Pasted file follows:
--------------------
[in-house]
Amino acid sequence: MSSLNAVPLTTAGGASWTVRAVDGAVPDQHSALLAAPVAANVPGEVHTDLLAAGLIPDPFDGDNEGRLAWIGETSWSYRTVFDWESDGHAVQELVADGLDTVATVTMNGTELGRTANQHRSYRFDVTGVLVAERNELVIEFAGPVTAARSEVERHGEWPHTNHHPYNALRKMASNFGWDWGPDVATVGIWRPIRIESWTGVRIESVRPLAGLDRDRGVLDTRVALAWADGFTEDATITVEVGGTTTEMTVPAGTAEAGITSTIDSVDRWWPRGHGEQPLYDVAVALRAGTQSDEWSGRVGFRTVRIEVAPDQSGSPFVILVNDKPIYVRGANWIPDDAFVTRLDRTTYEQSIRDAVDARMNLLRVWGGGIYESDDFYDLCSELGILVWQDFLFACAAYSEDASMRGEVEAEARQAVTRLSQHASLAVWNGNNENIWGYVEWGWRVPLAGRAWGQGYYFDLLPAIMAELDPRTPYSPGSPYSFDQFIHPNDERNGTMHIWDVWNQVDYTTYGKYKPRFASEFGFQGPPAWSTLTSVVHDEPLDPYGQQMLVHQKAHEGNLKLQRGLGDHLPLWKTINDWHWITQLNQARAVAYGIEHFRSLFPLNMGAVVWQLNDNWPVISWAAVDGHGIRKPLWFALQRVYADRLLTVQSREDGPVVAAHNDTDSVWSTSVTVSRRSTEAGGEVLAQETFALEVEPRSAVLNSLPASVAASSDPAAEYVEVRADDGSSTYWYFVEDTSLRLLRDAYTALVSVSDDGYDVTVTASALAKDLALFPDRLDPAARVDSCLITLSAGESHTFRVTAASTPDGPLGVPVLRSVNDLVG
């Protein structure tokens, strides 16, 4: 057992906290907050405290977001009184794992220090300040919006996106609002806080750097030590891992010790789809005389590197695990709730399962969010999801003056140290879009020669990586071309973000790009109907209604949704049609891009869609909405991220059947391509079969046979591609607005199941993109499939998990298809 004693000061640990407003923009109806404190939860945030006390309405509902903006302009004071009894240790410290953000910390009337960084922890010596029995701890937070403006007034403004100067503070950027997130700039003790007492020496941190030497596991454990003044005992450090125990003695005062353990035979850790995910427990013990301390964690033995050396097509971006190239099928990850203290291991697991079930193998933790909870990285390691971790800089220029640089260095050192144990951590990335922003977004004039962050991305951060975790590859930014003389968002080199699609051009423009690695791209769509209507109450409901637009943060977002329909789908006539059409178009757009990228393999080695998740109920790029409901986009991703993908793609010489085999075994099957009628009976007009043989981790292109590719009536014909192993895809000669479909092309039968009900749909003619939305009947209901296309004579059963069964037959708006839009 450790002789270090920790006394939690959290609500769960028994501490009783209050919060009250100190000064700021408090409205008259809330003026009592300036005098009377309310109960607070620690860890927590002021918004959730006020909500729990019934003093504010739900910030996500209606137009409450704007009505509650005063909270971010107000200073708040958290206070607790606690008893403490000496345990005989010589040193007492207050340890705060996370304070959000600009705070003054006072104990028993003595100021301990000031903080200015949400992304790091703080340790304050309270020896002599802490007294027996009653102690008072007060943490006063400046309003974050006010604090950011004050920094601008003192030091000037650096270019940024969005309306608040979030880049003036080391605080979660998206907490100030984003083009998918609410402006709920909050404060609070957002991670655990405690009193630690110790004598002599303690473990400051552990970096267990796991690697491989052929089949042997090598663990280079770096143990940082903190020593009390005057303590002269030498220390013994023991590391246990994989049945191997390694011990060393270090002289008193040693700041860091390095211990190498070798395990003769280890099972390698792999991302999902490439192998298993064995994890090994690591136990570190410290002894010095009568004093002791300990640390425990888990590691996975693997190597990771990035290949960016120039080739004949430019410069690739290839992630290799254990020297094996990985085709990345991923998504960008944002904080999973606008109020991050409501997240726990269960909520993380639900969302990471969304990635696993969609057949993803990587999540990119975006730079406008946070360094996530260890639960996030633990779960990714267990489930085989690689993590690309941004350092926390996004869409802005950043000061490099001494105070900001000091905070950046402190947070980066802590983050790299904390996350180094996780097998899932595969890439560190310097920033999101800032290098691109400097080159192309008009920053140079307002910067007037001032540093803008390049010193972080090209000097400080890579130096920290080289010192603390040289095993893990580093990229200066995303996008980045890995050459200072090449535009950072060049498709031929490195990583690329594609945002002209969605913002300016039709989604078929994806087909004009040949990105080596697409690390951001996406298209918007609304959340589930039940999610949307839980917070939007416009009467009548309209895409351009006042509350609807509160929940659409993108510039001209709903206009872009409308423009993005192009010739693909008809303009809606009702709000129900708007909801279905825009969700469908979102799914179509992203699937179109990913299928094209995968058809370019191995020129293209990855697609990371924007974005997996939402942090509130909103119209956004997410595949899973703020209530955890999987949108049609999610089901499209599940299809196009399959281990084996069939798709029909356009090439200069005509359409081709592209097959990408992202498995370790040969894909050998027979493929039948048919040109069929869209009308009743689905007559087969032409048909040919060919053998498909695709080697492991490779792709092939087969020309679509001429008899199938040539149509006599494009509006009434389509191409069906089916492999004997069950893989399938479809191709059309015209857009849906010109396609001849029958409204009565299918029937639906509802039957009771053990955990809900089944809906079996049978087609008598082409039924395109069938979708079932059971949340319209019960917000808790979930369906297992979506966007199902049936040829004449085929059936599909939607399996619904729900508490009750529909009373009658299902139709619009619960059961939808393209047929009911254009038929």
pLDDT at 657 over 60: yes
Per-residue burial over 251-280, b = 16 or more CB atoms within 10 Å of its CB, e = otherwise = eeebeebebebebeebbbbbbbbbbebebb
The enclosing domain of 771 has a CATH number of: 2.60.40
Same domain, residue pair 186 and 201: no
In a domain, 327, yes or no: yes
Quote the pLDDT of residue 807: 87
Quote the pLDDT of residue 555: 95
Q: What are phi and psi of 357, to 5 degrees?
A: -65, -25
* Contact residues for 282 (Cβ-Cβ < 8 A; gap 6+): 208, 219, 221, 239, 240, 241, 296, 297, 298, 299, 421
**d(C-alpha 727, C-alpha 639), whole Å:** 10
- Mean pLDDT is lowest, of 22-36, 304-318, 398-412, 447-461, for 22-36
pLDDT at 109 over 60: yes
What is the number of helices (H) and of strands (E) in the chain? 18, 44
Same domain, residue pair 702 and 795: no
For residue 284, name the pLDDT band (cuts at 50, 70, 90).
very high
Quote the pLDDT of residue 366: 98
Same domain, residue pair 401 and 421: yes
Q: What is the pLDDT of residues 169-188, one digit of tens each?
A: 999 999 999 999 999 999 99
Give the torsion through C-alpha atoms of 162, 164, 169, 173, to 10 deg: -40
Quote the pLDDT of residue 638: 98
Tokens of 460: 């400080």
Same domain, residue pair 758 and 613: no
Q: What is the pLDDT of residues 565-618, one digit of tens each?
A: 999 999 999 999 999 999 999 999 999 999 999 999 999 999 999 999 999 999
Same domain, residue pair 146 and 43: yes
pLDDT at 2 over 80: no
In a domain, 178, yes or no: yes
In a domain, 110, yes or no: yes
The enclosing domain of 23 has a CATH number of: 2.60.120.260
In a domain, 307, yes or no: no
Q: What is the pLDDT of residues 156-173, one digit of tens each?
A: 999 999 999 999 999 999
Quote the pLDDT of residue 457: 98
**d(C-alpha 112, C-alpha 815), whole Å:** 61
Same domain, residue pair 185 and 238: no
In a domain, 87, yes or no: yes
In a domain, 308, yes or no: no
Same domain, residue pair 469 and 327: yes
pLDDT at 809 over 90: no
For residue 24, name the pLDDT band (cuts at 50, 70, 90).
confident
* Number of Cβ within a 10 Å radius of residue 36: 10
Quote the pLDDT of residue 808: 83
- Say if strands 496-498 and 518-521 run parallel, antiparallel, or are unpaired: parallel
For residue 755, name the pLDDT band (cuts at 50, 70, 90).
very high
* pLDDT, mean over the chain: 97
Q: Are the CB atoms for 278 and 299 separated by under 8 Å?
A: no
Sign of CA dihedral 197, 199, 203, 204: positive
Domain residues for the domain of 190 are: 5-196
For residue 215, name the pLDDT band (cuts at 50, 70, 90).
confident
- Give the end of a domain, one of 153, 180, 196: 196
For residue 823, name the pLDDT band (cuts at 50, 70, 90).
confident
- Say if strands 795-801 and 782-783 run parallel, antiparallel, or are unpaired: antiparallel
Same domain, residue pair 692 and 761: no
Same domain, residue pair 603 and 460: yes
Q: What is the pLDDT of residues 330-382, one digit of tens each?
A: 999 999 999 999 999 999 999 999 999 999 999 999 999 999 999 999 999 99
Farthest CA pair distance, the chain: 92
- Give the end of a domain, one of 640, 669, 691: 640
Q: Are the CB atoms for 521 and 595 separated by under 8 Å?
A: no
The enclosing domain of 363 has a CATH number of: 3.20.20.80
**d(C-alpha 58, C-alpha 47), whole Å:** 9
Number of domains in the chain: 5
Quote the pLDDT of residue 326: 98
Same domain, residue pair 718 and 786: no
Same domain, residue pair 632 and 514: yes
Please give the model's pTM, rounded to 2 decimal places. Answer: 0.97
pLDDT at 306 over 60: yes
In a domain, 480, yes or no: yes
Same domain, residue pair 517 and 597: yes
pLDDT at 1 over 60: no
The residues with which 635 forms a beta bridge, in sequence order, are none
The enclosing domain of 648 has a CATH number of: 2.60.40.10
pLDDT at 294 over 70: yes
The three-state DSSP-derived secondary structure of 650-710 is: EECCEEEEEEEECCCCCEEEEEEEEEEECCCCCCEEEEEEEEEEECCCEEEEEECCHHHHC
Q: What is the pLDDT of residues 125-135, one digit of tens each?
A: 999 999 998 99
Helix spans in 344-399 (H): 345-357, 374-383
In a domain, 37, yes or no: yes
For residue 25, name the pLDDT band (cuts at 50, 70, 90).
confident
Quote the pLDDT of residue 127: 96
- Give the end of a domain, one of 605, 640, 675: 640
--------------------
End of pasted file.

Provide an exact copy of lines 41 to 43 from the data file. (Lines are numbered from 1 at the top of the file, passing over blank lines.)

Same domain, residue pair 185 and 238: no
In a domain, 87, yes or no: yes
In a domain, 308, yes or no: no